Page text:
Judging by the comments on an Interior conference call with think tanks, the conservative, free-market types are very skeptical, if not outright hostile to the Department of Interior’s listing of the polar bear as “threatened” under the Endangered Species Act.
Well, if everyone’s unhappy, then it must be a good decision, right?
Never understood that logic.
Iain Murray at the Competitive Enterprise Institute has what seems to us a sensible analysis:
The listing of the polar bears as threatened is a compromise that shows just how the Endangered Species Act is a bad piece of legislation. The Secretary was compelled to make a listing he clearly didn’t want to make and that comes with all sorts of foreseeable detrimental consequences of exactly the sort I describe in my book. In an effort to obviate those consequences, the Secretary has attempted to erect some barriers that will have all the legislative strength of tissue paper. It will take just a few seconds of a new administration to blow through them and bring about the dire consequences Sec. Kempthorne has obviously foreseen. The ESA needs to be reformed for all sorts of reasons that I discuss in the book, but this is perhaps the most urgent now.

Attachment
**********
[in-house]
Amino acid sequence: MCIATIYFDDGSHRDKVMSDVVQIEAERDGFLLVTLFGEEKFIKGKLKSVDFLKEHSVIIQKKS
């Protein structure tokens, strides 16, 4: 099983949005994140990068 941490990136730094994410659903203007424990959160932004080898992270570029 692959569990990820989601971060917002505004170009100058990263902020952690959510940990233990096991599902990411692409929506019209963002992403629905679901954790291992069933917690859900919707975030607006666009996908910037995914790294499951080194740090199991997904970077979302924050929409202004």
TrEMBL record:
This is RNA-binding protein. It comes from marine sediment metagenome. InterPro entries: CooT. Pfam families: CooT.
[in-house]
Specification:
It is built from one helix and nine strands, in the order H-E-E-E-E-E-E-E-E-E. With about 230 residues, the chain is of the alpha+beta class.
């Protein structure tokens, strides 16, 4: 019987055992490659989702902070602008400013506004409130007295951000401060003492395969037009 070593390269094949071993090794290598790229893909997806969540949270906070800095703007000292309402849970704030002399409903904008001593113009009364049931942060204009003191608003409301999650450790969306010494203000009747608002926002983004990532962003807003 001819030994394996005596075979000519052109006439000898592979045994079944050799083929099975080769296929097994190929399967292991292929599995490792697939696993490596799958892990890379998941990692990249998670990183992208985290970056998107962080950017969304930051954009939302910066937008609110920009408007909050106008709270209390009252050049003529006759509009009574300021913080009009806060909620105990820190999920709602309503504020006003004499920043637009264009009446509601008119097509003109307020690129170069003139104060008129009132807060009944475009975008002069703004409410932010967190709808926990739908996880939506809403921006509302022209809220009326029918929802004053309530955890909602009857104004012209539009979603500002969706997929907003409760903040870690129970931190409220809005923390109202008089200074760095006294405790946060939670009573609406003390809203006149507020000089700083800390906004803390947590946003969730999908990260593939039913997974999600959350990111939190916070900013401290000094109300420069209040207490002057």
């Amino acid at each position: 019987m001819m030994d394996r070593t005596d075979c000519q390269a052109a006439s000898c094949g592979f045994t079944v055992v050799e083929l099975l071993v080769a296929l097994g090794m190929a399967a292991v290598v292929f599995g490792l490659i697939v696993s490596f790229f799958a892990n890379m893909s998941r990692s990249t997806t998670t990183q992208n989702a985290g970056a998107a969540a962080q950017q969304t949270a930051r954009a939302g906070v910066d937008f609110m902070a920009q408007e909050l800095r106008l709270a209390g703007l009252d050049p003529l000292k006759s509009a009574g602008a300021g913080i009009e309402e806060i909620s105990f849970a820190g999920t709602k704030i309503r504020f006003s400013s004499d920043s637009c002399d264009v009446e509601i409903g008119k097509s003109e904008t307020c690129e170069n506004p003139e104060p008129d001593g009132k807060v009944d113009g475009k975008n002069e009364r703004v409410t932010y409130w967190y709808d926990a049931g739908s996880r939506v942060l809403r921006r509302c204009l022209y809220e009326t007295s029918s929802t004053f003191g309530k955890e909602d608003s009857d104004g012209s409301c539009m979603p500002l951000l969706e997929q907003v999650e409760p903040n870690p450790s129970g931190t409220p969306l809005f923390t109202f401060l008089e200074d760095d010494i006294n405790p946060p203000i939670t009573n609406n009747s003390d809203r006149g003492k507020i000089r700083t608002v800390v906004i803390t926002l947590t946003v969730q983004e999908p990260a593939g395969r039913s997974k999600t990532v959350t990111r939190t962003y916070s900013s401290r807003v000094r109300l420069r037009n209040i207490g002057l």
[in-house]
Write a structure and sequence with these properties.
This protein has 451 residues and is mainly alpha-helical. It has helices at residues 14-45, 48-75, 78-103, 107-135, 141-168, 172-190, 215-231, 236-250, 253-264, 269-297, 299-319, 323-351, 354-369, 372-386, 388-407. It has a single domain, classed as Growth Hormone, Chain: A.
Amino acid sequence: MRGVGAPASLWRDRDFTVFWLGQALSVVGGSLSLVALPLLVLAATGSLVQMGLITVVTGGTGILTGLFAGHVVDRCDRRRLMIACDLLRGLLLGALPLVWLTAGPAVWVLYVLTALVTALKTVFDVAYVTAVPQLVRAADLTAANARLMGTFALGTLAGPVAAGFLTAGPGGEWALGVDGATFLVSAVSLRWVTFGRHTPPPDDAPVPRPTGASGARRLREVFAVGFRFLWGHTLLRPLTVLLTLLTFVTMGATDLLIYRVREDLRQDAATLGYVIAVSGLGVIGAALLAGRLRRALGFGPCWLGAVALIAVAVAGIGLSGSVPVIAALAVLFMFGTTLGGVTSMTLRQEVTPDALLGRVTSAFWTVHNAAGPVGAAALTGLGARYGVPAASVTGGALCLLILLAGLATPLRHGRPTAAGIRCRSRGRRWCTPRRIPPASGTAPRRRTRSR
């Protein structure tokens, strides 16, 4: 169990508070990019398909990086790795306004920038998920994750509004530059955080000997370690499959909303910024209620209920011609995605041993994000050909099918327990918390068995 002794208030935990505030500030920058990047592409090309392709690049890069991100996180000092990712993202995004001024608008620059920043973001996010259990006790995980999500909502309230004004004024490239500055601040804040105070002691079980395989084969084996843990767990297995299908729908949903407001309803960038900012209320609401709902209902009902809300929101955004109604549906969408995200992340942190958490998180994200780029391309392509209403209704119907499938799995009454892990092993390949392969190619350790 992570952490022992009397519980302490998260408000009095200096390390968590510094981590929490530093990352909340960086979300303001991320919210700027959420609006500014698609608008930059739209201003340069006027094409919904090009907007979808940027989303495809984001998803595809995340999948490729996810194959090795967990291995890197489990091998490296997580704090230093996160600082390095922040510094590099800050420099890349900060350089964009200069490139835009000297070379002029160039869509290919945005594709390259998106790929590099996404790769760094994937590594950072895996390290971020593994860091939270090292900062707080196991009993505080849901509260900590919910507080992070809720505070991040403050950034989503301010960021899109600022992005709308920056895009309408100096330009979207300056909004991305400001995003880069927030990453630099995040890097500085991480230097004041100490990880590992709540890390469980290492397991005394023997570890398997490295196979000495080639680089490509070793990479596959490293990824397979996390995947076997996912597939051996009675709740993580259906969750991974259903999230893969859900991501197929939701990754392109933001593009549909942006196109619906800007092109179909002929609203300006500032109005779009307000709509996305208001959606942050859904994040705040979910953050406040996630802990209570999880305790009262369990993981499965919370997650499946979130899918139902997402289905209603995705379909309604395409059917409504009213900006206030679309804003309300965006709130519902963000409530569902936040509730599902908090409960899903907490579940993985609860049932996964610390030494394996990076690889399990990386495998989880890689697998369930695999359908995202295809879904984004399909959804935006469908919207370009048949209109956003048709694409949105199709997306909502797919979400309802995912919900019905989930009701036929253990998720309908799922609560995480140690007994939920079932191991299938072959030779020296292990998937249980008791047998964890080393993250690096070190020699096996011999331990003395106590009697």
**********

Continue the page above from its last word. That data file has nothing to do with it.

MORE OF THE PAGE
Murray’s colleague, Chris Horner, is less charitable, asking, “The only open question is how a green, might-be-around-for-some-consequences administration will deal with the litigation next year. Fight, or more flight?”
More litigation, that’s always a safe bet.
UPDATE (6:08 p.m.): A good, quick summary story from The New York Times.
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